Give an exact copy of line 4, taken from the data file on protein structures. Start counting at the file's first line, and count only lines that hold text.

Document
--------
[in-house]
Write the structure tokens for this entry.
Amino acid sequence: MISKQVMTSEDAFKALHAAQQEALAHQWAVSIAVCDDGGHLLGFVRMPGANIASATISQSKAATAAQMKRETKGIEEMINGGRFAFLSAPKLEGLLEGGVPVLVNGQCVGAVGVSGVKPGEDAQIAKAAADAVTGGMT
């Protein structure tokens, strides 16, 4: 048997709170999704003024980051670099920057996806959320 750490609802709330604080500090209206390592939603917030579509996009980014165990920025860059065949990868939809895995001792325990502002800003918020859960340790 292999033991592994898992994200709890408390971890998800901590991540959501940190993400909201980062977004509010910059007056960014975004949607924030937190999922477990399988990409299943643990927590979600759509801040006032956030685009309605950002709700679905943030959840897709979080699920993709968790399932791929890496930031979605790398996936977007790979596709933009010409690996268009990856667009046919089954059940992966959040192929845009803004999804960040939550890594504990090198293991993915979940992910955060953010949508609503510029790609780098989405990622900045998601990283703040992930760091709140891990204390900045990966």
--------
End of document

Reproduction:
């Protein structure tokens, strides 16, 4: 048997709170999704003024980051670099920057996806959320 750490609802709330604080500090209206390592939603917030579509996009980014165990920025860059065949990868939809895995001792325990502002800003918020859960340790 292999033991592994898992994200709890408390971890998800901590991540959501940190993400909201980062977004509010910059007056960014975004949607924030937190999922477990399988990409299943643990927590979600759509801040006032956030685009309605950002709700679905943030959840897709979080699920993709968790399932791929890496930031979605790398996936977007790979596709933009010409690996268009990856667009046919089954059940992966959040192929845009803004999804960040939550890594504990090198293991993915979940992910955060953010949508609503510029790609780098989405990622900045998601990283703040992930760091709140891990204390900045990966």